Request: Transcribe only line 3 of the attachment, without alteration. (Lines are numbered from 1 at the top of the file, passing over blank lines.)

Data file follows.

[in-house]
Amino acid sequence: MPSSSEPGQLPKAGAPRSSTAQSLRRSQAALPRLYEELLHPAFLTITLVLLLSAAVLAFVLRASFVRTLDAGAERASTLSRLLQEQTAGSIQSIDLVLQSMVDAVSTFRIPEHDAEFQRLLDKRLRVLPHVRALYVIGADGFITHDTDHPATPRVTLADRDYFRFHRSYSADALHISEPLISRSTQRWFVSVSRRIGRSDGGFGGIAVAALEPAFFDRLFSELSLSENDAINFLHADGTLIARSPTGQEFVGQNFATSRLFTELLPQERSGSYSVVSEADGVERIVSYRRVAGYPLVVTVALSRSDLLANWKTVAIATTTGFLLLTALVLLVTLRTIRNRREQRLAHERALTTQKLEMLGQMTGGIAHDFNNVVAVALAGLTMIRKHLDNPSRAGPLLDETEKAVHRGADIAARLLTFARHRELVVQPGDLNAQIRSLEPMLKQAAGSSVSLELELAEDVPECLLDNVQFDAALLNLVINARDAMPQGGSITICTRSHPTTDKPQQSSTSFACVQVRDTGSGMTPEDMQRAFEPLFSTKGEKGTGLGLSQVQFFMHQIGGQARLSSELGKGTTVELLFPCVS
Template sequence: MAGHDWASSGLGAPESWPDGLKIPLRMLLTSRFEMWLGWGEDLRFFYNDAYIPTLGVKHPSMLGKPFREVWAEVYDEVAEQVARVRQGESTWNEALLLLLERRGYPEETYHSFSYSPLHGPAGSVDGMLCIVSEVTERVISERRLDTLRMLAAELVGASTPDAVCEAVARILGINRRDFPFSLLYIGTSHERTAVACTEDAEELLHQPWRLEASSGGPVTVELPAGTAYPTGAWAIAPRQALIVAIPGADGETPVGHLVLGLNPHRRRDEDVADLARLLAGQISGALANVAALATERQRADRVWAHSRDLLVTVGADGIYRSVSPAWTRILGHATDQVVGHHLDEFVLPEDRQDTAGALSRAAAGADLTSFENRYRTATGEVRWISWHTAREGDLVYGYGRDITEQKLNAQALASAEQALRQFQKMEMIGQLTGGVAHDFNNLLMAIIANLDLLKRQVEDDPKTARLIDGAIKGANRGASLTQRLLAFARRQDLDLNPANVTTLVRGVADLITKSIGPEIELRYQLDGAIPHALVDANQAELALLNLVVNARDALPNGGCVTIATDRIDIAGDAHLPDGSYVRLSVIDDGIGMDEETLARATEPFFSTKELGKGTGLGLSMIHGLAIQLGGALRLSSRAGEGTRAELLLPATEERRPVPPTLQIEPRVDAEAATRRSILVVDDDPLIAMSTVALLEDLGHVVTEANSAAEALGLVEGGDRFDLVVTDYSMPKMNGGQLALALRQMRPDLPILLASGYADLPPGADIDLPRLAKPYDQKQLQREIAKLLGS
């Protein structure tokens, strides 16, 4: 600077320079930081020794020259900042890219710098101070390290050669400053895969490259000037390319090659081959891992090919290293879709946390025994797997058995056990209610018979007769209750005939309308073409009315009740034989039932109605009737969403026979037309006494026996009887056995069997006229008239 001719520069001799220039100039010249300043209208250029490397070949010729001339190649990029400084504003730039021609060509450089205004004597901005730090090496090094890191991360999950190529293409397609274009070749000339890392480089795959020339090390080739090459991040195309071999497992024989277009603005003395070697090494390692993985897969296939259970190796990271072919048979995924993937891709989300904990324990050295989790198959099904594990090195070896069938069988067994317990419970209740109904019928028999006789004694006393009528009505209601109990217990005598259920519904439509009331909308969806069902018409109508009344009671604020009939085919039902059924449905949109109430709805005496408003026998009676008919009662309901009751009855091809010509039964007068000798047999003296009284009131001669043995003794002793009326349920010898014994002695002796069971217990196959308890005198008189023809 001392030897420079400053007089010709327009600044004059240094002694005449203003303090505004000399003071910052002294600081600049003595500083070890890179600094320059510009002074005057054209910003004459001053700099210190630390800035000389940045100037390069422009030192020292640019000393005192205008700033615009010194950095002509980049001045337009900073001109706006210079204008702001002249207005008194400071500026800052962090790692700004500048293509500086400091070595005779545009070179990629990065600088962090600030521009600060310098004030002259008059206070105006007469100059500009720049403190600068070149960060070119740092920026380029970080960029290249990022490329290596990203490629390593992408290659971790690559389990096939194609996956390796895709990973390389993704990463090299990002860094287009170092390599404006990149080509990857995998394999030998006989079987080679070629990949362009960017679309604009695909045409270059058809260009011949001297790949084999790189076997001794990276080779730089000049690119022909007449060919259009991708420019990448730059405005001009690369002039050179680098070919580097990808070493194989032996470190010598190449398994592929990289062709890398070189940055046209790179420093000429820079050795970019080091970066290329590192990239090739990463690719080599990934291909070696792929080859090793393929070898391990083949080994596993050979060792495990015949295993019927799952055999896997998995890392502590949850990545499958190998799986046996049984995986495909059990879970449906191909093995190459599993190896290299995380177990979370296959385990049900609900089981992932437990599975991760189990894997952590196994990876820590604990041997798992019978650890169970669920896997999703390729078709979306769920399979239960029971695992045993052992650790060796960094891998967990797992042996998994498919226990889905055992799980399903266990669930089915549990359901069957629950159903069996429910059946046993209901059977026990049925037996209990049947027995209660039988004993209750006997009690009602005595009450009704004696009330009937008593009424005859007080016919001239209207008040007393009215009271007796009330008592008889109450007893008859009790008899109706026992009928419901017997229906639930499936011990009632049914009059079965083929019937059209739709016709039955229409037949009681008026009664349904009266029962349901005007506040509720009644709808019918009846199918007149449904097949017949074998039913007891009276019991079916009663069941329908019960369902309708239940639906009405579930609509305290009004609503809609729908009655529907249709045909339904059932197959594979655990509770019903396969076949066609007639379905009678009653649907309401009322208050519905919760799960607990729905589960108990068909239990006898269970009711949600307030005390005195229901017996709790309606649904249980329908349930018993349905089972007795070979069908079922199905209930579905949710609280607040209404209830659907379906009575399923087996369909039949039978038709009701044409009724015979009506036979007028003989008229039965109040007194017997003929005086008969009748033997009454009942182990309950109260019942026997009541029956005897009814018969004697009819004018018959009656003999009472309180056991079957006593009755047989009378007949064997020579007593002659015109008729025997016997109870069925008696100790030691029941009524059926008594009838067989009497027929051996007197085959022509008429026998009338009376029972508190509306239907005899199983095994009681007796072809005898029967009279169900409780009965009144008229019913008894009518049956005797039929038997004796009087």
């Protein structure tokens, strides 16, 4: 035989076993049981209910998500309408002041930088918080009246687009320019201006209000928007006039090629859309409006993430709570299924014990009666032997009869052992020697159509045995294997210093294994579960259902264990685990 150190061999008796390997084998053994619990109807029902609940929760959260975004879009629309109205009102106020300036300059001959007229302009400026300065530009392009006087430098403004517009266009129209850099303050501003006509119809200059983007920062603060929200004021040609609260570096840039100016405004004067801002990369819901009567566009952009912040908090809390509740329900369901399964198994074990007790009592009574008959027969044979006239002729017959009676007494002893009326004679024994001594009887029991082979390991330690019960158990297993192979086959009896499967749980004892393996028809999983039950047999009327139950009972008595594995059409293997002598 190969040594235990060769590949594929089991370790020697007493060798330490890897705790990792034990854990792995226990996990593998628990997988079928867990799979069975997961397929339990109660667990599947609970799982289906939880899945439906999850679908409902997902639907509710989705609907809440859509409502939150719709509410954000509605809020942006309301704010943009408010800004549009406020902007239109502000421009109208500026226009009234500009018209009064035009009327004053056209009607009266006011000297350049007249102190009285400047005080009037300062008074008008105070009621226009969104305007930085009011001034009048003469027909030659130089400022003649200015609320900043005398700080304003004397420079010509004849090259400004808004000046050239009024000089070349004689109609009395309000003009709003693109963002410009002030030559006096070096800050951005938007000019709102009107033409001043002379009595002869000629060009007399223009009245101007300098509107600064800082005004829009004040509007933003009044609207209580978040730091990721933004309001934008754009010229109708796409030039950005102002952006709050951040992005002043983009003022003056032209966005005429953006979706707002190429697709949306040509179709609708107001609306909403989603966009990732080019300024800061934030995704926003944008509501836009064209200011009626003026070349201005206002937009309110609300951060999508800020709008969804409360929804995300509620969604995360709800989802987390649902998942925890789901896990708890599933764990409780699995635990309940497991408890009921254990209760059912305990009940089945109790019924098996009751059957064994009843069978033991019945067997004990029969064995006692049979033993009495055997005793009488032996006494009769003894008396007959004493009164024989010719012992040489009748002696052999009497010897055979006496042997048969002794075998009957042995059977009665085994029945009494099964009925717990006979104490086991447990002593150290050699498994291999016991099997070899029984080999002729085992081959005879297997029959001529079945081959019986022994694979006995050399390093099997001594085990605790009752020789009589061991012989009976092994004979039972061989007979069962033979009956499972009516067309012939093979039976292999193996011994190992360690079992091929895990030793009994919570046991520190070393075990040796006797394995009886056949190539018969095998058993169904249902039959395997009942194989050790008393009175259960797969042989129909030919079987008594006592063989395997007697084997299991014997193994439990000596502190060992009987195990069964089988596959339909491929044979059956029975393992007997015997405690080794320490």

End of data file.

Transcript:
Template sequence: MAGHDWASSGLGAPESWPDGLKIPLRMLLTSRFEMWLGWGEDLRFFYNDAYIPTLGVKHPSMLGKPFREVWAEVYDEVAEQVARVRQGESTWNEALLLLLERRGYPEETYHSFSYSPLHGPAGSVDGMLCIVSEVTERVISERRLDTLRMLAAELVGASTPDAVCEAVARILGINRRDFPFSLLYIGTSHERTAVACTEDAEELLHQPWRLEASSGGPVTVELPAGTAYPTGAWAIAPRQALIVAIPGADGETPVGHLVLGLNPHRRRDEDVADLARLLAGQISGALANVAALATERQRADRVWAHSRDLLVTVGADGIYRSVSPAWTRILGHATDQVVGHHLDEFVLPEDRQDTAGALSRAAAGADLTSFENRYRTATGEVRWISWHTAREGDLVYGYGRDITEQKLNAQALASAEQALRQFQKMEMIGQLTGGVAHDFNNLLMAIIANLDLLKRQVEDDPKTARLIDGAIKGANRGASLTQRLLAFARRQDLDLNPANVTTLVRGVADLITKSIGPEIELRYQLDGAIPHALVDANQAELALLNLVVNARDALPNGGCVTIATDRIDIAGDAHLPDGSYVRLSVIDDGIGMDEETLARATEPFFSTKELGKGTGLGLSMIHGLAIQLGGALRLSSRAGEGTRAELLLPATEERRPVPPTLQIEPRVDAEAATRRSILVVDDDPLIAMSTVALLEDLGHVVTEANSAAEALGLVEGGDRFDLVVTDYSMPKMNGGQLALALRQMRPDLPILLASGYADLPPGADIDLPRLAKPYDQKQLQREIAKLLGS